The absence of D2 is strange.  I walk pass her room and see it empty and surprisingly, clean. There’s no coffee mugs on the desk, or clothes thrown onto the floor in a frenzied panic.   The car we shared is still filled with wanton coffee cups and rowing materials, tossed on the back floors reminding me of her once fluid presence.  In the trunk of said car, I found a cap, a sweater, a yoga mat and coloured tissue paper used for a friend’s gift, now forgotten and abandoned.  She’s still here, but isn’t.   I went through her drawers to find a top I could ‘borrow’ for work.  Instead, I ended up emptying the drawers, organizing pants and tops and putting some questionable things in the laundry.  I didn’t find anything to ‘borrow’, but she now has neat folded clothes organized in an efficient manner for when she returns.

But, if all goes according to plan, she won’t be returning.  She’ll be moving on.  On to another province and another life.

It is a good thing, of which I am reminded daily after everyone tells me she’s supposed to move on.  She’s supposed to get a life and have a career and not be in her room on the second floor.  The room that was once decorated with lilac walls and flowery wall paper; dolls lying everywhere and shelves with Beanie Babies strewn upon them.  Book shelves with Disney covers and old Dr. Seuss stories she should have given her younger brother ages ago.  The bunk beds she shared with her sister, a tv on the dresser, her stark white Tae Kwon Doe gee and colored belts strewn in the corner along with her guitar lying lazily on its side.

All of that is gone, except for the guitar.  It’s now in my room, hidden behind her grad dress and boxes of old photographs.

I am reminded that I shouldn’t be lamenting my loss, but delighted in her gain.  I should be happy for her, that she is doing something she wants to do and is securing a future for herself.  Yeah, yeah.  Easier on the other side when kids are still home and tucked in bed at a reasonable hour and you still make the rules and the meals and discuss how unfair math homework is.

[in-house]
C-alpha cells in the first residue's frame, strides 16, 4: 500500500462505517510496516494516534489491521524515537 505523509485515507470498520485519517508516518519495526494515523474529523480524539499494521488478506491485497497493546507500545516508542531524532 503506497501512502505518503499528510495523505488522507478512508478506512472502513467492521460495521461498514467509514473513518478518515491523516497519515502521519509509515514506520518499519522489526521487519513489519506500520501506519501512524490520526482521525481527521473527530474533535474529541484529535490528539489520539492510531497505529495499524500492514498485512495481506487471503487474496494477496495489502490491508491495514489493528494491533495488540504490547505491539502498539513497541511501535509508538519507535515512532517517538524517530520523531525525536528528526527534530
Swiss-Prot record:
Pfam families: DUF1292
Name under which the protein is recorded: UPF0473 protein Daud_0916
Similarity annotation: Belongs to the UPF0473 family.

It’s supposed to be easier when they get older, isn’t it?  Not so, dear friends.  Not so.  There’s university, then jobs, then careers, then…gasp, WEDDINGS, BABIES, HOUSES IN NEW TOWNS, NEW PROVINCES?!  WHEN WILL IT END?!

Aye, there’s the rub.  It doesn’t.  It’s the never-ending cycle of having babies and watching them grow up and move on and become the people we always hoped they would be.

And when they DO do it, you’re surprised and proud and sad all at the same time.  Surprised that you actually pulled it off.  You managed to raise a human being that contributes to society, is intelligent (although when she was 3 and proceeded to on the toilet backwards because “my friend Lucas pees this way” you kinda wondered…) has common sense, the ability to laugh and that ever-biting sarcasm.  Proud because she fought her way through school and work and negative old men who doubted her abilities.  Sad because she is gone.  How did that happen?  Hubby and I look at each other, full of wonder.  Wasn’t she just turning 4 yesterday?!

Then the worry of did you teach her enough, did you make her tough enough to fight back, did you give confidence to believe in herself and not to listen to the nay-sayers?  Did you fill her enough with knowledge of that big bad world, compassion enough to listen to the unfortunate, and creative enough to solve the problems she will face?  Did you?

Beats the fuck out of me.